Can Plant Proteins Compete Against Animal Proteins?

We all know what protein is- but what is the difference between protein from animals and protein from plants?  Is plant protein as good as animal protein? How do you pair plant-based food for optimal nutrition?  

We answer these questions below. Going into a little more detail about both protein sources, and which one might be worse off for our health.


Animal Protein 

It’s easiest to explain what protein is and how it works coming from its most direct source- animals. Protein is responsible for the growth, maintenance, and repair of tissues and cells within the body. Animal protein, such as meat, fish, eggs, and dairy, act as primary sources of protein. 


Animal protein delivers all 22 amino acids your body needs to aid these functions which is why they are so protein dense when analyzing our macronutrients. 


On the other hand, plant-based protein options such as grains, beans, vegetables, and nuts often lack one or more of these essential amino acids. This is not to say, however, that plant protein does not have its own benefits. 

Plant Protein

Plants are incredibly versatile and a fantastic source of protein. If we go back to the 22 amino acids supplied from protein sources, only 9 of these protein chains are considered essential in aiding the human body. Plants, unlike animal protein, do not typically contain as many of these proteins from one source. However, including a variety of protein sources in your diet provides additional health benefits that include an overall higher nutritional value, vitamin intake, and mineral boost. 

Benefits of plant-based protein

It’s about time we got into the detail of why plant-based proteins are great for our well-being. Sure, our bodies need protein irrespective of the source. But foods with plant proteins come with an abundance of health benefits that deliver that feel-good factor time and time again.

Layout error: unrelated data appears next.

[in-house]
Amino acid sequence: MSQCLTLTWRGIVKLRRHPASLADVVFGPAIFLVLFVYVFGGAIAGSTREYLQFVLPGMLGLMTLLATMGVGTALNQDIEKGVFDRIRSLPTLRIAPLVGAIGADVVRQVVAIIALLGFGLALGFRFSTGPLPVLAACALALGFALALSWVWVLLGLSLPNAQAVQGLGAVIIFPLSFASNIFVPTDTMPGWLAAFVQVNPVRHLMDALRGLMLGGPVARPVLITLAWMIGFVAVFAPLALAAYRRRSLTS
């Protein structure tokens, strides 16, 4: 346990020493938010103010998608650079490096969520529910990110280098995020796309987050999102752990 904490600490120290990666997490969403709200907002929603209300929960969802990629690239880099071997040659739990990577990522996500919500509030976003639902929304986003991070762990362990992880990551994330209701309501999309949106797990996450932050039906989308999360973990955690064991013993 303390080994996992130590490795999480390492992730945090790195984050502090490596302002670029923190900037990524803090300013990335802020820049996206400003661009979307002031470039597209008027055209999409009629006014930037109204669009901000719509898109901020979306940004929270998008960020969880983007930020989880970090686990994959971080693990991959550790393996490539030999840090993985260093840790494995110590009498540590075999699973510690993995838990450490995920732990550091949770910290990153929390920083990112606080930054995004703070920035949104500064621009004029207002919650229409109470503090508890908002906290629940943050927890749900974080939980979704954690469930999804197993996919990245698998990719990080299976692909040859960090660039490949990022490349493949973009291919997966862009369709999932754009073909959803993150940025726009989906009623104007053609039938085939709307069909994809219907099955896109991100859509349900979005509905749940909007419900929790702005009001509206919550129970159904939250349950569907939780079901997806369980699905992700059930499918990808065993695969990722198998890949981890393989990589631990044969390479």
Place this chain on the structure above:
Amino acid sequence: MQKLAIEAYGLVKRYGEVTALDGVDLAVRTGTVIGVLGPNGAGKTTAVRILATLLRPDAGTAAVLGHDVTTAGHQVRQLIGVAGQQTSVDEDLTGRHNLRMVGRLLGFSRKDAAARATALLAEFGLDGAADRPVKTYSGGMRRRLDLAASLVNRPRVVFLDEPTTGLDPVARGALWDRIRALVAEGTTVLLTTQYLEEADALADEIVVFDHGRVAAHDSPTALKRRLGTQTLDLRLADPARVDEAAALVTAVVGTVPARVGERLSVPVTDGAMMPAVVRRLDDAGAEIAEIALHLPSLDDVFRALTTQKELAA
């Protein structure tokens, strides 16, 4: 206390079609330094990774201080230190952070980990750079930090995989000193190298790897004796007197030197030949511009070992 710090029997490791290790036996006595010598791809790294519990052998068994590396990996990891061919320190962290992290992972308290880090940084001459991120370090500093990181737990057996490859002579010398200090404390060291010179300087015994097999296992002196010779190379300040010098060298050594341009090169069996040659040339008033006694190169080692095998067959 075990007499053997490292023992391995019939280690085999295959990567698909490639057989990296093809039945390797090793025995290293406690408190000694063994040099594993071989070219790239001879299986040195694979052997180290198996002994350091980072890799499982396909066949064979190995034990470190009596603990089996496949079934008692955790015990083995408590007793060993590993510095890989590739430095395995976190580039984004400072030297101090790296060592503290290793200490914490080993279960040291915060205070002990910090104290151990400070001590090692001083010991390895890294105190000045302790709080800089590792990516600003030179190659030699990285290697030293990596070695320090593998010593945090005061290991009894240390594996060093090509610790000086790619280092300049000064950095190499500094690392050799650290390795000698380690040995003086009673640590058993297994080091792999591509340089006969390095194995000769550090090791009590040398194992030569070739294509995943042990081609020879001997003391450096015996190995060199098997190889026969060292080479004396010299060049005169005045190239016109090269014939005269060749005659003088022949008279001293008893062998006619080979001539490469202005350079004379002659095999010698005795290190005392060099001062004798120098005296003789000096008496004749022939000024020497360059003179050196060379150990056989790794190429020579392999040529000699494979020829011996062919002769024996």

1. Plant protein keeps you fuller for longer.


Protein works in a way that once consumed make you feel fuller for longer. An interesting study found that plant protein is more effective at keeping us fuller for longer than animal protein. It was discovered that when young men consumed a protein-rich meal composed of legumes, they consumed 12 percent fewer calories in their next meal than if they had eaten a meat-based meal. 


Experts believe the biggest difference here is fiber.  Plant-based proteins contain whopping amounts of fiber in comparison to animal products. "Whole food plant proteins will keep you fuller longer than animal protein due to the fiber naturally found in these items" Berghoff says.


2. Pea Protein provides us with Iron.


Red meat is currently the top source of iron in the American diet, but pea protein is an easy way for vegans and vegetarians to intake a decent quantity of iron. Interesting points:

  • One serving of vegan-friendly pea protein powder contains 35 percent of your DV of iron. 
  • One serving of animal-based whey protein contains 0 percent of your DV of iron.

Pea protein is not only plentiful in protein, it provides a substantial amount of iron too. Iron is an essential mineral responsible for keeping your blood and body healthy. Without it, your body can start to become weak and be at risk of anemia.

3. Nut protein contains healthy fats our body needs.


Whole nuts and nut butters are delicious. On top of that, they make sure our tummies are kept full and in good health and should be consumed in small quantities to get the maximum health benefits. For such a small quantity they also provide a decent amount of protein too. Win-Win!